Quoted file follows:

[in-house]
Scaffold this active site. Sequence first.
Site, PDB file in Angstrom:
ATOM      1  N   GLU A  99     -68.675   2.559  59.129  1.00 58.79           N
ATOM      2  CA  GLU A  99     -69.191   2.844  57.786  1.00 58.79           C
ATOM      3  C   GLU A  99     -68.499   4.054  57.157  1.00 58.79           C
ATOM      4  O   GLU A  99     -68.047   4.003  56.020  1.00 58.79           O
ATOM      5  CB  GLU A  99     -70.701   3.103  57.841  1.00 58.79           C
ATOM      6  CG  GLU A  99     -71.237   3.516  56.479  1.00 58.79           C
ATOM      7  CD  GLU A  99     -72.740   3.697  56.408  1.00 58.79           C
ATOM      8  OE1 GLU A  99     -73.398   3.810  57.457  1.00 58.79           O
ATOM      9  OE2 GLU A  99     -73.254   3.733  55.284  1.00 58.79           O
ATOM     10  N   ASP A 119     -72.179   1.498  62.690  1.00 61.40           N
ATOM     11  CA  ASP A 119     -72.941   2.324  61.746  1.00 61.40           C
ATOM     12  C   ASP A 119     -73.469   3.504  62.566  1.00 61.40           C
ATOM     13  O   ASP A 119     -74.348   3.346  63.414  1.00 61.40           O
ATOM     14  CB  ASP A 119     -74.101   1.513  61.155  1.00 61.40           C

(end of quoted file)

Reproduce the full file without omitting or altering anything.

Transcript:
[in-house]
Scaffold this active site. Sequence first.
Site, PDB file in Angstrom:
ATOM      1  N   GLU A  99     -68.675   2.559  59.129  1.00 58.79           N
ATOM      2  CA  GLU A  99     -69.191   2.844  57.786  1.00 58.79           C
ATOM      3  C   GLU A  99     -68.499   4.054  57.157  1.00 58.79           C
ATOM      4  O   GLU A  99     -68.047   4.003  56.020  1.00 58.79           O
ATOM      5  CB  GLU A  99     -70.701   3.103  57.841  1.00 58.79           C
ATOM      6  CG  GLU A  99     -71.237   3.516  56.479  1.00 58.79           C
ATOM      7  CD  GLU A  99     -72.740   3.697  56.408  1.00 58.79           C
ATOM      8  OE1 GLU A  99     -73.398   3.810  57.457  1.00 58.79           O
ATOM      9  OE2 GLU A  99     -73.254   3.733  55.284  1.00 58.79           O
ATOM     10  N   ASP A 119     -72.179   1.498  62.690  1.00 61.40           N
ATOM     11  CA  ASP A 119     -72.941   2.324  61.746  1.00 61.40           C
ATOM     12  C   ASP A 119     -73.469   3.504  62.566  1.00 61.40           C
ATOM     13  O   ASP A 119     -74.348   3.346  63.414  1.00 61.40           O
ATOM     14  CB  ASP A 119     -74.101   1.513  61.155  1.00 61.40           C